SuperTalk Mississippi

Mississippi wildland firefighters help partners in Texas

Photo courtesy of the Mississippi Forestry Commission

The Mississippi Forestry Commission (MFC) deployed two bulldozer strike teams with one Heavy Equipment Boss to Texas, where they will assist state and federal partners with wildfire suppression efforts. Five MFC Wildland Firefighters arrived in Abilene Texas this weekend. Their names will be released upon their safe return home to Mississippi in approximately two weeks. Several members of this group also served on the Texas and Oklahoma deployments last month.

“We appreciate our employees taking part in these efforts to help our state and federal partners in Texas – especially the ones going back out on detail so soon. Fighting the destructive power of wildfire means that our Wildland Firefighters are working in extreme conditions protecting people’s lives, homes, and forestland,” said Charlie Morgan, State Forester. “We are proud of their service and look forward to their safe return home in approximately two weeks.”

The Texas A&M Forest Service reported 13 large wildfires active today. The currently active “Milliron Fire” is estimated to have burned close to 27,000 acres at present.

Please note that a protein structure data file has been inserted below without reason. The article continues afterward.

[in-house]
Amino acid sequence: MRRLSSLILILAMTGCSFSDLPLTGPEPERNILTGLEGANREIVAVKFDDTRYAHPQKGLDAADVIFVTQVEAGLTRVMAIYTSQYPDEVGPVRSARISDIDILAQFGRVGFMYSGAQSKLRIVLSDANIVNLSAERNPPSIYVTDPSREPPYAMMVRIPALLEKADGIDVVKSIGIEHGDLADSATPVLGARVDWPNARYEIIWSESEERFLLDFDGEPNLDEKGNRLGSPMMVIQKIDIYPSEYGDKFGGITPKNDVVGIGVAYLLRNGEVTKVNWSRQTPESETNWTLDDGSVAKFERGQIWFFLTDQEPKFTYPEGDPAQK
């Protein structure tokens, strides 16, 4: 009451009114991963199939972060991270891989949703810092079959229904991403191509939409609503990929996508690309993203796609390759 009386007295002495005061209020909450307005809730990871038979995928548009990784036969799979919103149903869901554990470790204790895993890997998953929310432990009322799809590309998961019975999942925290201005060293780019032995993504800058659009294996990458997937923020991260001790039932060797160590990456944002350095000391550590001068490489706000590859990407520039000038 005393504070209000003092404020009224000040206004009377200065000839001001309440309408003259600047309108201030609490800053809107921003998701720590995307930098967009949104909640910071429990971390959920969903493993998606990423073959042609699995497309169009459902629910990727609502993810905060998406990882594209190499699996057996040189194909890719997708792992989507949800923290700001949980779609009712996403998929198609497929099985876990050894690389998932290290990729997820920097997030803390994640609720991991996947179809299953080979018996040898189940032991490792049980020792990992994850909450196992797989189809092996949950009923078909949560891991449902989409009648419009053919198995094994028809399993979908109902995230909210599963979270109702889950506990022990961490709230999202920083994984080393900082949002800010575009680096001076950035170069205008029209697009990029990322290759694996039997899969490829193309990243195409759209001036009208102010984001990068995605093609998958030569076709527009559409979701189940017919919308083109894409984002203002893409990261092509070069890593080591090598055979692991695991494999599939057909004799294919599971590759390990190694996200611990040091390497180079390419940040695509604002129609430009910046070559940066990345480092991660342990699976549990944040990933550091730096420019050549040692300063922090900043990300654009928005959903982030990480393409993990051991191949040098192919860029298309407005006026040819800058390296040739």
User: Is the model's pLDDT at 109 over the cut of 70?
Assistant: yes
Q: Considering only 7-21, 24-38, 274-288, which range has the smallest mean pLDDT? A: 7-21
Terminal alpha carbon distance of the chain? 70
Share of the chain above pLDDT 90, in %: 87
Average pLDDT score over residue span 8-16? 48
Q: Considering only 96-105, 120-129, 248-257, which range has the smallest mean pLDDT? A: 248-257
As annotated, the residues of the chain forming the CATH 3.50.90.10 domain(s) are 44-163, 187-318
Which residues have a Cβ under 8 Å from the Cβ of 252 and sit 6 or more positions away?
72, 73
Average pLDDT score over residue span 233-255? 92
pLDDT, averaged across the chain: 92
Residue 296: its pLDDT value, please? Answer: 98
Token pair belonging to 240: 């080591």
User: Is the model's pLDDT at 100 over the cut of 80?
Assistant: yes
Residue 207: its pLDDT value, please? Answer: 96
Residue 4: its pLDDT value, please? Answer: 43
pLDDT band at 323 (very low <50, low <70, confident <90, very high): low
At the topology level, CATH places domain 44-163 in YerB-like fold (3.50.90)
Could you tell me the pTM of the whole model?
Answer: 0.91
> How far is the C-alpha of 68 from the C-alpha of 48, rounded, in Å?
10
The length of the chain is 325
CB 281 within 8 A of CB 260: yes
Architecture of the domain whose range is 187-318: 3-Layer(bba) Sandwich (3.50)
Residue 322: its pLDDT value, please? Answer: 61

MFC Wildland Firefighters “fight fire with fire”. They create a fire line (aka fire break) by using bulldozers to plow through vegetation (down to mineral soil) around the perimeter of the wildfire, then they light a controlled backfire along the inner edge of the fire line to consume additional vegetation – this lack of “fuel” for the wildfire creates a barrier to slow or stop the spread of the wildfire. However, their job is not yet finished – even after containment has been reached, wildland firefighters continue to monitor the area. Since the wind can spread hot embers across fire lines, new spot fires may occur as far away as one-half mile from the original wildfire that must be suppressed. Depending on the size, location, wind conditions, and intensity of the wildfire it may have to be monitored anywhere from several hours to several days to make sure the wildfire is no longer a threat to life, property, or forestland.

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